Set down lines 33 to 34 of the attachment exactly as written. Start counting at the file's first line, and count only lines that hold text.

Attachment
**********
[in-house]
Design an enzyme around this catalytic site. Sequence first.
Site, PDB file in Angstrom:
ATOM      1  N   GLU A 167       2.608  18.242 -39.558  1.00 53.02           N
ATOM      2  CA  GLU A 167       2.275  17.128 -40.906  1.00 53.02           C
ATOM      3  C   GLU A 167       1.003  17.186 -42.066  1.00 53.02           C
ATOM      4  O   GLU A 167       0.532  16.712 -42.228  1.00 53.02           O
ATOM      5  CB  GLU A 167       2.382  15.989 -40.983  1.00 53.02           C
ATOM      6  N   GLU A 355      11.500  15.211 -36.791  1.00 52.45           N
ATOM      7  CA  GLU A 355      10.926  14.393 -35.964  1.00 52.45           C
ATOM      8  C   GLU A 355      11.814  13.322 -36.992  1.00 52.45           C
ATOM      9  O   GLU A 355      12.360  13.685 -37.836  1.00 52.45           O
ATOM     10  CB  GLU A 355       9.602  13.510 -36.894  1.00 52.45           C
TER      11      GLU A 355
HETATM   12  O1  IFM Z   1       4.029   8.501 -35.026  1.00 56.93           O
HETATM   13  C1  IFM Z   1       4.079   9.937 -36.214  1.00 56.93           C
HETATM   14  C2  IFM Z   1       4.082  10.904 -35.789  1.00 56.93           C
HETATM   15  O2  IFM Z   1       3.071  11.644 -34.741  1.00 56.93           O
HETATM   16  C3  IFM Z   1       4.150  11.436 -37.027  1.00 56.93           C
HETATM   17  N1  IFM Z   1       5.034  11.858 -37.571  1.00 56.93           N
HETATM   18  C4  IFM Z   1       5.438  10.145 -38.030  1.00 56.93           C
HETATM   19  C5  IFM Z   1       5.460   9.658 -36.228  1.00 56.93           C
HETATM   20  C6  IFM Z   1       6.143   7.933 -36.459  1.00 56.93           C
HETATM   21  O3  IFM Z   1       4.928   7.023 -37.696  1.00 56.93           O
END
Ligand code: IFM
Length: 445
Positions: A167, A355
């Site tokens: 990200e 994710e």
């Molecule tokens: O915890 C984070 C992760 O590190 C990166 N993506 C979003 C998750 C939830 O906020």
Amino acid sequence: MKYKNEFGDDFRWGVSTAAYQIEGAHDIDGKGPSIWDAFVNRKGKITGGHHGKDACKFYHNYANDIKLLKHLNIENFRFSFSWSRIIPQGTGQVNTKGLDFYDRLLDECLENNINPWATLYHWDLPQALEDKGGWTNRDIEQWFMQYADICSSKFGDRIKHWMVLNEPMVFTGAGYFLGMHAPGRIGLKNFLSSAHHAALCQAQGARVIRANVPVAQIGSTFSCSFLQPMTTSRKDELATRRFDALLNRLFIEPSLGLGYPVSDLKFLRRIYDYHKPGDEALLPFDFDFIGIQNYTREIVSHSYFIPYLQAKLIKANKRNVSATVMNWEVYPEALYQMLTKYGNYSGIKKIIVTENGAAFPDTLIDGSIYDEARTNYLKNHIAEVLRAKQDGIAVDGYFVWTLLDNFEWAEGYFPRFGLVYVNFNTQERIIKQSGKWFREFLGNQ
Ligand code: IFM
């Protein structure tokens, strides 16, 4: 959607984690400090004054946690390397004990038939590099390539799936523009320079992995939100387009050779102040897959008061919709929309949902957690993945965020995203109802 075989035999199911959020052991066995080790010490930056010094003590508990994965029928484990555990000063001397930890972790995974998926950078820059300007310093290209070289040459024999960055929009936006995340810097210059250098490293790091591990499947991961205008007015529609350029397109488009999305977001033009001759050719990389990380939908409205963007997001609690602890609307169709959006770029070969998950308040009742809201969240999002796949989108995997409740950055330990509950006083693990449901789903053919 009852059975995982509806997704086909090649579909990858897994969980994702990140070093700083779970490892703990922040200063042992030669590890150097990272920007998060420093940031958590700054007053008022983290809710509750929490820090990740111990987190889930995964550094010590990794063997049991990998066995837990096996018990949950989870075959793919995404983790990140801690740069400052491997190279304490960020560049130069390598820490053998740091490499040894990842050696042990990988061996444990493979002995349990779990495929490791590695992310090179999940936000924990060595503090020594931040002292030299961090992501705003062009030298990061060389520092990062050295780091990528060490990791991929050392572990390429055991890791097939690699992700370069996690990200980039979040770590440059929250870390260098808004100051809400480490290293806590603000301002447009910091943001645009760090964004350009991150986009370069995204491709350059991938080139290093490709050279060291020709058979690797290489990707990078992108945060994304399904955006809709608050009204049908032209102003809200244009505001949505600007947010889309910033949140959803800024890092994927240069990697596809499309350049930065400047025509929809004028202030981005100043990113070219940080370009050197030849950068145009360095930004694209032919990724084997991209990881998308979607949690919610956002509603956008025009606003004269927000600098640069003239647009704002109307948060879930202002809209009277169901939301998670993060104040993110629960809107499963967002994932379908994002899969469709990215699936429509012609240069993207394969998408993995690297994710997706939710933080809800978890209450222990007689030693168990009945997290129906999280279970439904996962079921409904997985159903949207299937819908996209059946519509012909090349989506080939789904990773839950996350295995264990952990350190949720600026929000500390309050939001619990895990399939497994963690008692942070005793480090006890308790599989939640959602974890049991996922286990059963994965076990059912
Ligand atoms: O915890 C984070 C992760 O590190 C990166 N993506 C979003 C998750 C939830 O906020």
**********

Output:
């Protein structure tokens, strides 16, 4: 959607984690400090004054946690390397004990038939590099390539799936523009320079992995939100387009050779102040897959008061919709929309949902957690993945965020995203109802 075989035999199911959020052991066995080790010490930056010094003590508990994965029928484990555990000063001397930890972790995974998926950078820059300007310093290209070289040459024999960055929009936006995340810097210059250098490293790091591990499947991961205008007015529609350029397109488009999305977001033009001759050719990389990380939908409205963007997001609690602890609307169709959006770029070969998950308040009742809201969240999002796949989108995997409740950055330990509950006083693990449901789903053919 009852059975995982509806997704086909090649579909990858897994969980994702990140070093700083779970490892703990922040200063042992030669590890150097990272920007998060420093940031958590700054007053008022983290809710509750929490820090990740111990987190889930995964550094010590990794063997049991990998066995837990096996018990949950989870075959793919995404983790990140801690740069400052491997190279304490960020560049130069390598820490053998740091490499040894990842050696042990990988061996444990493979002995349990779990495929490791590695992310090179999940936000924990060595503090020594931040002292030299961090992501705003062009030298990061060389520092990062050295780091990528060490990791991929050392572990390429055991890791097939690699992700370069996690990200980039979040770590440059929250870390260098808004100051809400480490290293806590603000301002447009910091943001645009760090964004350009991150986009370069995204491709350059991938080139290093490709050279060291020709058979690797290489990707990078992108945060994304399904955006809709608050009204049908032209102003809200244009505001949505600007947010889309910033949140959803800024890092994927240069990697596809499309350049930065400047025509929809004028202030981005100043990113070219940080370009050197030849950068145009360095930004694209032919990724084997991209990881998308979607949690919610956002509603956008025009606003004269927000600098640069003239647009704002109307948060879930202002809209009277169901939301998670993060104040993110629960809107499963967002994932379908994002899969469709990215699936429509012609240069993207394969998408993995690297994710997706939710933080809800978890209450222990007689030693168990009945997290129906999280279970439904996962079921409904997985159903949207299937819908996209059946519509012909090349989506080939789904990773839950996350295995264990952990350190949720600026929000500390309050939001619990895990399939497994963690008692942070005793480090006890308790599989939640959602974890049991996922286990059963994965076990059912
Ligand atoms: O915890 C984070 C992760 O590190 C990166 N993506 C979003 C998750 C939830 O906020």